Spray peppermint around your home.

If vinegar isn't your cup of tea, there's another, more sweet-smelling scent, sure to get rid of ants. To make this essential oil spray, says Foster, mix twenty-five drops of peppermint or eucalyptus oil with a cup of water. Then, spray the mixture around the perimeter of your home. In addition to repelling ants, Foster says, this "will give the room a nice fresh scent."

Put boiling water and castile soap in an anthill.

If the ant infestation is outdoors, pouring boiling water and castile soap into the entrance of their colony can help, says Foster. An easy way to do this is placing an upside-down flower pot on top of the colony, pouring the solution slowly through the small opening.

Sprinkle some boric acid.

While this solution will only work on ants of the house variety, and not carpenter ants, it can still be extremely effective in shutting down the former's entrance possibilities. Simply "sprinkle the [boric] acid around the entry points of the ants," says Matteo Grader, pest control specialist at Panther Pest Control, and let it work its magic. "It will act as a repellent," he says, because no matter how strong the urge may be, "they won't cross the acid."

Spread out some diatomaceous earth.

Wondering how to get rid of ants, particularly carpenter ants? Don't despair, says Grader: simply use diatomaceous earth rather than Boric acid. The cheap, naturally occurring powder can be purchased at most gardening or home care stores and, when sprinkled near the pest's entrance, will stop them in their tracks.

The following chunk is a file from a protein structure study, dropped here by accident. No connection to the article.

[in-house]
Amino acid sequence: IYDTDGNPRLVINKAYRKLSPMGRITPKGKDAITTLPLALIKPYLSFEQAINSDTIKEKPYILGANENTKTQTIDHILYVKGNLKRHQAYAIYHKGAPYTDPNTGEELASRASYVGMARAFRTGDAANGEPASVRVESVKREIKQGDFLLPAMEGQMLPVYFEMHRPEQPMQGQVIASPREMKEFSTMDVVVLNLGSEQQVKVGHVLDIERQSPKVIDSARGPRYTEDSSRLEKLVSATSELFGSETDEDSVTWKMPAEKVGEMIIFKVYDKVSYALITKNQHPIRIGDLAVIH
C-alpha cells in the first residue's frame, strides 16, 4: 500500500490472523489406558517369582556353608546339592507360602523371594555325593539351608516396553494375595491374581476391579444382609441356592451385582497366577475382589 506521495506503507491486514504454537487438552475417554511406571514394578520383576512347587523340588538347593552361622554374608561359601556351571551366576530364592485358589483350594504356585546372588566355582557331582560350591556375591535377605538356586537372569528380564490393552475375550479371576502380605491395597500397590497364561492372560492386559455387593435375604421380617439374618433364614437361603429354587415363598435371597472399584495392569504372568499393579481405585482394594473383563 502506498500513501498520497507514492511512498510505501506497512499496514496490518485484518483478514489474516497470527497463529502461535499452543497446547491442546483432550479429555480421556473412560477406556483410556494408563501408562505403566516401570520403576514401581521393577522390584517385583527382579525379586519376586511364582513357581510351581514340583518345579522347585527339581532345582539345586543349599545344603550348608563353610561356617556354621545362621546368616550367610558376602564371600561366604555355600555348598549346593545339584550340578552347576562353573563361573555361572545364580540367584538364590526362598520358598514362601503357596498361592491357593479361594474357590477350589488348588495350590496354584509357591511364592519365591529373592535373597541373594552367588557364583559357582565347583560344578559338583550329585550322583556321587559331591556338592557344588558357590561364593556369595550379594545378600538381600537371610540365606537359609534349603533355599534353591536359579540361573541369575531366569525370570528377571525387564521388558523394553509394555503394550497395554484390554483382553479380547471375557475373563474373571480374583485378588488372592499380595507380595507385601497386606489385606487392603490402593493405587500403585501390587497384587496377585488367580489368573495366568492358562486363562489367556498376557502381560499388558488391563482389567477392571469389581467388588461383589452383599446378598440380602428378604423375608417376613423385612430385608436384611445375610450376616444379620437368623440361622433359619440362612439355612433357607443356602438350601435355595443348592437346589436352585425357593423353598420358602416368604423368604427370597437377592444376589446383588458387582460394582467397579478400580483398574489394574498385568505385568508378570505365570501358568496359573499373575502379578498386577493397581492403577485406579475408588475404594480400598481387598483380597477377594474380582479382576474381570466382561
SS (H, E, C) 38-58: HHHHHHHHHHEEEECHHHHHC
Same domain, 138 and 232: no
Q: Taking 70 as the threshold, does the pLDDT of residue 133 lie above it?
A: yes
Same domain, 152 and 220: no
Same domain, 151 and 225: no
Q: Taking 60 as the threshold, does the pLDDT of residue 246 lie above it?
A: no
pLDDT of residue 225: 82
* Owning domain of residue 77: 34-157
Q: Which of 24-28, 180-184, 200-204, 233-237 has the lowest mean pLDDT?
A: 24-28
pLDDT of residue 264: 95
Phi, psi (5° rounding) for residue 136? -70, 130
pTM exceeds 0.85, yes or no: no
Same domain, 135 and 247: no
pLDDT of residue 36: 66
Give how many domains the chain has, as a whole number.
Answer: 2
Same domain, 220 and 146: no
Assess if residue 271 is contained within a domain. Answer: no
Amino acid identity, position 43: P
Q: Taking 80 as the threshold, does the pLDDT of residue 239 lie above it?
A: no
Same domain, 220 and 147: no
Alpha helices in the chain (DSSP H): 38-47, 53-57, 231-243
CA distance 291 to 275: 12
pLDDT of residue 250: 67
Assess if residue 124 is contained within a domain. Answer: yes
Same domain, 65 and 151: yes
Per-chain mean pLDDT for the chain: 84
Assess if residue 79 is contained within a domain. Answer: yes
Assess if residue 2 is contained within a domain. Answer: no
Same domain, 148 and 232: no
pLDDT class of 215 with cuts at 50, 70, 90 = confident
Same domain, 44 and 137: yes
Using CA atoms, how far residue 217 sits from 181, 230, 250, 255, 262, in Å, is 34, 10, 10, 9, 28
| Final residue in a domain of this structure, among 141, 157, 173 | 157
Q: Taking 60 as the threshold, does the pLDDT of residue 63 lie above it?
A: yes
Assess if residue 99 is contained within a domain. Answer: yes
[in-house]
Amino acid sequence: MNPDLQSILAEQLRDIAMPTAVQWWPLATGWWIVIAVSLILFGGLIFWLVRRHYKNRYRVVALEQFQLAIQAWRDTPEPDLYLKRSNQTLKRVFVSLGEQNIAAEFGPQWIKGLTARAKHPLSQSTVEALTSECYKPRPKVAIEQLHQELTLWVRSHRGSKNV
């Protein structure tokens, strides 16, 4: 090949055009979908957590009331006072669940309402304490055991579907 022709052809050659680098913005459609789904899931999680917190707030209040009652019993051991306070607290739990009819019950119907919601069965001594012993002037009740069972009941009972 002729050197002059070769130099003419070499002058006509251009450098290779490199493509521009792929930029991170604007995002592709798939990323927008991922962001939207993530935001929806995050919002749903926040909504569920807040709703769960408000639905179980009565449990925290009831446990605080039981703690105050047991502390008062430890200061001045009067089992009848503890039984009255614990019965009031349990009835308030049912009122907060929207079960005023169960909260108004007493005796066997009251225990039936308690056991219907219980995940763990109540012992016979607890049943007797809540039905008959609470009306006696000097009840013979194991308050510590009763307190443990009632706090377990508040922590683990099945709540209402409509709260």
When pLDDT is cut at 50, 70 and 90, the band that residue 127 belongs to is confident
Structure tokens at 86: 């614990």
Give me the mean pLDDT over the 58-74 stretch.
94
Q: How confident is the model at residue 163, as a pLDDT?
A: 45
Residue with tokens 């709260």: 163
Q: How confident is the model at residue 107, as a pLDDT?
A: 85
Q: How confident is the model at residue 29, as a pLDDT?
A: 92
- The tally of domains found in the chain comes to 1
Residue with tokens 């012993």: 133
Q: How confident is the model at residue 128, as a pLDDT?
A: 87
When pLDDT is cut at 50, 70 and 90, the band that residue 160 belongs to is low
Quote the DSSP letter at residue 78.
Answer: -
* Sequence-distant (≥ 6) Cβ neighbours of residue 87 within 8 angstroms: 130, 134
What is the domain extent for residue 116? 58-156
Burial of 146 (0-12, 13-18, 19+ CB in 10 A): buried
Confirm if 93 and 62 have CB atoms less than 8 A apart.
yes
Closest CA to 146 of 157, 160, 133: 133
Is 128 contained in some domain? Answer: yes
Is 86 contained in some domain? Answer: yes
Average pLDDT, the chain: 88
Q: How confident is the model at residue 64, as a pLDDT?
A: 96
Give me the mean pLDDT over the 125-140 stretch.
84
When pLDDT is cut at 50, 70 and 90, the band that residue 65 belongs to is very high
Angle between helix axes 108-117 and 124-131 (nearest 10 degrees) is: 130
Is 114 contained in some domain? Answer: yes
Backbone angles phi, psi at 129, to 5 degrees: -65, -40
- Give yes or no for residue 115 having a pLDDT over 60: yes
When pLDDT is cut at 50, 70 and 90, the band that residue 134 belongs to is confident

Use salt.

If you want to find out how to get rid of ants without purchasing any new products or making your kitchen spic-and-span, try salt. Like most insects, the substance dries them out and will be avoided like the plague. Simply boil water and dissolve a large amount of table salt in it. Then, when it comes time, spray the solution—liberally—in all the places you find ants, and say goodbye to your unwelcome six-legged guests.

Draw some chalk lines.

Because it interferes with their scent trails, a heavily-drawn line of chalk can act as a strong homemade ant repellant. Simply draw a line "wherever you've seen ants come in," says Grader, and they'll stop short in their tracks, not knowing where to go. Continued vigilance is required, however, as the colony will eventually begin laying new scent trails, rendering your chalk wall less than effective.

Plant pennyroyal.

Want to know how to get rid of ants without taking away any time from your usual gardening routine? Look no further than pennyroyal. The plant, native to Europe and a member of the mint family, has been known since time immemorial to repel insects—ants won't even walk on it.

Erase their trails.

If you've ever wondered how to get rid of ants and keep them from coming back for good, the solution is simple. Each time an ant crawls through your kitchen, it leaves a scent trail directing one of its buddies to their new haunt. However, by cleaning any spots where ants have made their merry way using soap, the scent trail is erased, leaving the next ant at your doorstep without a road map. While this won't kill the ants, it's a good first step to slow down the invasion as you look for further, more long-term measures.